Wernicke Encephalopathy

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A 53-year-old with a history of recently diagnosed metastatic pancreatic cancer was admitted with complaints of worsening diplopia, ataxia, and altered mental status. Following the diagnosis, the patient acknowledged drinking heavily owing to abdominal pain and depression.


Upon admission, pre- and postcontrast brain MRI scans demonstrated symmetric bilateral increased T2 signal in the medial thalami, hypothalamus, periaqueductal (PA) white matter in the left occipital and temporal lobes. Postcontrast imaging demonstrated faint enhancement in the bilateral mammillary bodies. Diffusion weighted imaging also revealed restricted diffusion in the bilateral medial thalami and periaqueductal gray matter.


Wernicke encephalopathy. Differential diagnoses: Artery of Percheron (AoP) infarct, viral encephalitis, and Creutzfeldt-Jacob disease (CJD).


Wernicke encephalopathy (WE) was first described in 1881 by Carl Wernicke, and is defined as a neurologic disorder attributable to thiamine deficiency most often related to chronic alcohol consumption.5 The condition is fairly common, with some studies reporting an incidence of 2.8% in the general population and a prevalence as high as 12.5% in alcohol abusers.6 It most often presents as the classic triad of encephalopathy, oculomotor dysfunction, and gait ataxia.

Imaging is useful in cases of suspected WE, as abnormal findings may help rule out competing diagnoses. Head CT may depict lesions as symmetrical hypodense areas in the medial thalami, PA gray matter, and mammillary bodies that may enhance after contrast injection.

MRI, however, is the most sensitive imaging modality for WE. In the acute setting, WE on MRI typically demonstrates decreased T1 signal (Figure 1) and increased T2 (Figure 2) signal in these regions, as well as restricted diffusion on diffusion weighted imaging (Figure 3). Most of these signal abnormalities are located in the medial thalami, hypothalamus, mammillary bodies, tectal plate, and the periventricular white matter.1

Mammillary body enhancement is common in acute WE and considered pathognomonic. Indeed, mammillary body atrophy is a relatively specific indicator of chronic WE. Charness, et al, demonstrated that 78% of patients with WE had smaller mammillary bodies than matched controls and patients with Alzheimer dementia.3

Petechial hemorrhage in the medial thalami and mammillary bodies may be observed in severe cases of acute WE. In chronic WE, the mammillary bodies and cerebellar vermis tend to be atrophic without the T2 hyperintense signal intensity observed.2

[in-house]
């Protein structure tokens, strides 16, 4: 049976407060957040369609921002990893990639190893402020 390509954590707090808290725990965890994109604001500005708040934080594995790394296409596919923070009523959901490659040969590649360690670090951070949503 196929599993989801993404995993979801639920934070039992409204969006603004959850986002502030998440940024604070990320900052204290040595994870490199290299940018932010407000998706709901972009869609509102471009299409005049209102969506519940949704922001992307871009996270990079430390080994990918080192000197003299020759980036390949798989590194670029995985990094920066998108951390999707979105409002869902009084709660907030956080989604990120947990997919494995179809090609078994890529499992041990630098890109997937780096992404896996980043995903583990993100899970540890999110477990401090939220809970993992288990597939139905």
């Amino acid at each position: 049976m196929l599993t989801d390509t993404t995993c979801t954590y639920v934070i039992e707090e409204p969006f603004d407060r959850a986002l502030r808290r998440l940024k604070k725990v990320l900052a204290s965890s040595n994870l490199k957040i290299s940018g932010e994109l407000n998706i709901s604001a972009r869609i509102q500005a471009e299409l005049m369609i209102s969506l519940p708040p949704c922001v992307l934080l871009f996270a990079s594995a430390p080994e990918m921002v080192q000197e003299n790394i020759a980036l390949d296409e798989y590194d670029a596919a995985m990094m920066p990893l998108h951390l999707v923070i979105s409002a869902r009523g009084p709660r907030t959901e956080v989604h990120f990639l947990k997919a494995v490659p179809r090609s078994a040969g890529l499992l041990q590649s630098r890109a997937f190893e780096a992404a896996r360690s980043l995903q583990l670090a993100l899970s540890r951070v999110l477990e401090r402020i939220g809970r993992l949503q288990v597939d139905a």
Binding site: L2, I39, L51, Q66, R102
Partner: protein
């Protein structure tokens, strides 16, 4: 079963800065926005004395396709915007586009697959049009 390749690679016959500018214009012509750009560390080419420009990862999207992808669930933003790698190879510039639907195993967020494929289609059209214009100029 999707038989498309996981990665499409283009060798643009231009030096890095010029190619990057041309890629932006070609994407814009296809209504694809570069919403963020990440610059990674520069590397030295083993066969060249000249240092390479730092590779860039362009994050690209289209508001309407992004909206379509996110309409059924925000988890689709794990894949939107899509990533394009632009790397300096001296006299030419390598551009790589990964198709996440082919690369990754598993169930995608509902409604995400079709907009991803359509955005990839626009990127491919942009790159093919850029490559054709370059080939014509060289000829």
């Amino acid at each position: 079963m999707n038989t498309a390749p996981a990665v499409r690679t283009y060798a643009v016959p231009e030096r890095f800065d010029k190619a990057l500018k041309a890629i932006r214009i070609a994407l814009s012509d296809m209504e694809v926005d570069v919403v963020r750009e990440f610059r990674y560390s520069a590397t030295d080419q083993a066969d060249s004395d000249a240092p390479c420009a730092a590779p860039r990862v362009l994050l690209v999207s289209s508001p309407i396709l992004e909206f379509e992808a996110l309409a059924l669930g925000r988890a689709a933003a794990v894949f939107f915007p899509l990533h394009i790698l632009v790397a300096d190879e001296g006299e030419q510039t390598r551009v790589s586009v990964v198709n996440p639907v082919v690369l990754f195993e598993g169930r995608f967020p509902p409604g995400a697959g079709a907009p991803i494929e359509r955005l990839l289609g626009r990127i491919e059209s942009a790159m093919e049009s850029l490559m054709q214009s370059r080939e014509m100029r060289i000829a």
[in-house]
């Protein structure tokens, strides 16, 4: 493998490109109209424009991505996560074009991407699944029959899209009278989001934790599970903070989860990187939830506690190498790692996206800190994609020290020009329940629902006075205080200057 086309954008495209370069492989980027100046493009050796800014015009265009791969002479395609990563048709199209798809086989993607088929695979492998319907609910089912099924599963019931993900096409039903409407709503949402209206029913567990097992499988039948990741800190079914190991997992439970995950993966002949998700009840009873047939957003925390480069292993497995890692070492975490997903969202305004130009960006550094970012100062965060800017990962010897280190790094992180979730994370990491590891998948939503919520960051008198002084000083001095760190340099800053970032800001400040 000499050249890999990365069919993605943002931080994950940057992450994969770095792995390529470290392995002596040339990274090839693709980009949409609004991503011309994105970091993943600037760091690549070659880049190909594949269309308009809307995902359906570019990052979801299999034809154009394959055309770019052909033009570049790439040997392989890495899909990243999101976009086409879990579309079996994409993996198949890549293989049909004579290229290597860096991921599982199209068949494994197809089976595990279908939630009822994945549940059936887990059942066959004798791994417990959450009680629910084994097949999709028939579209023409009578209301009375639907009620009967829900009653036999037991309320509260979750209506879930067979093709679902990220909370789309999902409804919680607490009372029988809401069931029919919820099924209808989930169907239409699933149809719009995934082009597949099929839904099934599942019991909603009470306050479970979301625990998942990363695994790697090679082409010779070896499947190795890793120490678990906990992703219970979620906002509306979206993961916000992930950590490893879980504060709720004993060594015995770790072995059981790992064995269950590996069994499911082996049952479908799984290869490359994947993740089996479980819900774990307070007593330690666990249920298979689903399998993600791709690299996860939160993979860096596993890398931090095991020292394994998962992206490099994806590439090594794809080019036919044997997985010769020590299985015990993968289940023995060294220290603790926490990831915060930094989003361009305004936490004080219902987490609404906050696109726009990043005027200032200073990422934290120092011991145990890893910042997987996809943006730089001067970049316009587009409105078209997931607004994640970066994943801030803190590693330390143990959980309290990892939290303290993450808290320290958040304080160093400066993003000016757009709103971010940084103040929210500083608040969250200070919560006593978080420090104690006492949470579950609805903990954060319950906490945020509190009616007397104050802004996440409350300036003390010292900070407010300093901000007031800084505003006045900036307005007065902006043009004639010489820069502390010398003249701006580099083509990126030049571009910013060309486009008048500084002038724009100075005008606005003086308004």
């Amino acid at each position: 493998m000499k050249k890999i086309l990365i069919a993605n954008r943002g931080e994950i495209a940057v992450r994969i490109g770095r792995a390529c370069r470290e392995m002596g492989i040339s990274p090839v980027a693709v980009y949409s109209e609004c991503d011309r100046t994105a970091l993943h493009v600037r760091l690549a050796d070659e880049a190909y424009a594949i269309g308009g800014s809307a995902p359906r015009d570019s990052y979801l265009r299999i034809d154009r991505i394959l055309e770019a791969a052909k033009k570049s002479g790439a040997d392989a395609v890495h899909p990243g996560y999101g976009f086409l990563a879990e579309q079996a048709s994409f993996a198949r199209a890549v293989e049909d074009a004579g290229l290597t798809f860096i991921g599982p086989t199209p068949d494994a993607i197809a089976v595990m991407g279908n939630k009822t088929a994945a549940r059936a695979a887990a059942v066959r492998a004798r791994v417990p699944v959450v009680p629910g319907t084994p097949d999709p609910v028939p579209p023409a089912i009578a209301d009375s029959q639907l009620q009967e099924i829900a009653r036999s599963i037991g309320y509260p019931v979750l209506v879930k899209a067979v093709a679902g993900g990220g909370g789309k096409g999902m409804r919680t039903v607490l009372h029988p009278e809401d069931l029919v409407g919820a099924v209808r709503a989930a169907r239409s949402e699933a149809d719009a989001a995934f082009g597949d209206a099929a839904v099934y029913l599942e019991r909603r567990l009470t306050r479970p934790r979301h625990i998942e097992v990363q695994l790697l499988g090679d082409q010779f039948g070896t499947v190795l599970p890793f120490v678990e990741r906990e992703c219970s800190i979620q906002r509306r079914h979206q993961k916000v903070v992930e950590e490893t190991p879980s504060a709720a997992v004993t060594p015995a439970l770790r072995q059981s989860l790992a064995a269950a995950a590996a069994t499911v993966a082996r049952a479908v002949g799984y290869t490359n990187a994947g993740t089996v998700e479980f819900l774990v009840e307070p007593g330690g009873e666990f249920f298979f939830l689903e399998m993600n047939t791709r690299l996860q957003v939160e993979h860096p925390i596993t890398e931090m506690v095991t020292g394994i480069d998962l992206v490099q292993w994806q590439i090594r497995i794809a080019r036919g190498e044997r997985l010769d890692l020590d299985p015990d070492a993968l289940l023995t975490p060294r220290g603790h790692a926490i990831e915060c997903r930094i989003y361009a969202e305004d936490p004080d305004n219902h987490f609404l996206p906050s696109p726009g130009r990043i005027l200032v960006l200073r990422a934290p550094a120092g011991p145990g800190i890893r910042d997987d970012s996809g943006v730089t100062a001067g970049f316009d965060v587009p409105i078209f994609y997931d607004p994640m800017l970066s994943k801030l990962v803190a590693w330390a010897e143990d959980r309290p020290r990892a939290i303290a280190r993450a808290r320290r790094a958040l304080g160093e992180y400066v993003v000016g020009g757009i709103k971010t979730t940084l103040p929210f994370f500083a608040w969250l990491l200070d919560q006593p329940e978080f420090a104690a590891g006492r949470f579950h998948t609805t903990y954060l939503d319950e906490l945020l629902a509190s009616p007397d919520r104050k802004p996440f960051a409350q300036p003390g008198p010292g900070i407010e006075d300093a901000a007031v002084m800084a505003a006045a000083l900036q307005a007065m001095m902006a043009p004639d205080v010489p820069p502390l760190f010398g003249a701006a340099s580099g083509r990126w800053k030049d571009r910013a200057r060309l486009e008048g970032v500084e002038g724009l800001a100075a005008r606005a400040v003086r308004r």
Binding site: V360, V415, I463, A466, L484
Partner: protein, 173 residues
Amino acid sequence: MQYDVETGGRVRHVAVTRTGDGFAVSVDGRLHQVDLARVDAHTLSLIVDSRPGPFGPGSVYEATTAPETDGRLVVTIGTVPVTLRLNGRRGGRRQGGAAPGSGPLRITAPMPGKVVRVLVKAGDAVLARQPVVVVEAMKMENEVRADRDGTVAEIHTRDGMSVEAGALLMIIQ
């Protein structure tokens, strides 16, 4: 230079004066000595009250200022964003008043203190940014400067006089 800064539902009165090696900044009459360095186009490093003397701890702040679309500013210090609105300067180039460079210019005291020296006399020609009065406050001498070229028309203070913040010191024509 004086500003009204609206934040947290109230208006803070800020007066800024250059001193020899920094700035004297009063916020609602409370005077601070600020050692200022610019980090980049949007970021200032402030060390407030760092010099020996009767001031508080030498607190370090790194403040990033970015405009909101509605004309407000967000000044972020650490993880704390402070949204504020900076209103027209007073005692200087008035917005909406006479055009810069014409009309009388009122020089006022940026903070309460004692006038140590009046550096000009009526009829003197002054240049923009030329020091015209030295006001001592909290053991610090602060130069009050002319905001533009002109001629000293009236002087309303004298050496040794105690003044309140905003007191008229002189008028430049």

An AoP infarct demonstrates symmetric hypodense areas in the medial thalami and midbrain on CT and corresponding areas of increased T2 signal and restricted diffusion on DWI on brain MRI. However, an AoP infarct typically spares the mammillary bodies and periaqueductal gray matter, unlike acute WE. Numerous viral encephalitides, including West Nile, Japanese encephalitis, and St. Louis encephalitis, may variably involve the thalami and basal ganglia producing hyperintense T2 signal in those locations with restricted diffusion on DWI, but otherwise spares the mammillary bodies and periaqueductal gray matter. Finally, CJD, the spongioform encephalopathy, causes increased T2 signal in the basal ganglia, thalami, and cortex with persistent restricted diffusion on DWI but will also spare the mammillary bodies and periaqueductal gray matter (Table 1). While brain MRI may aid in the diagnosis of WE and exclude competing diagnoses, this disease is predominantly a clinical diagnosis. The use of the Caine criteria dietary deficiency, oculomotor abnormalities, cerebellar dysfunction, and either altered mental status or mild memory impairment) has been shown to have a sensitivity of 85% when 2 out of the 4 symptoms are present.4

Adults are primarily affected with an even distribution between 30-70 years old. Fifty percent of cases are alcohol-related with 50% of cases attributable to non-alcoholic-related malabsorption, including bariatric surgery, thiamine-restrictive diets, starvation, hyperemesis gravidarum, gastric malignancy, and inflammatory bowel disease.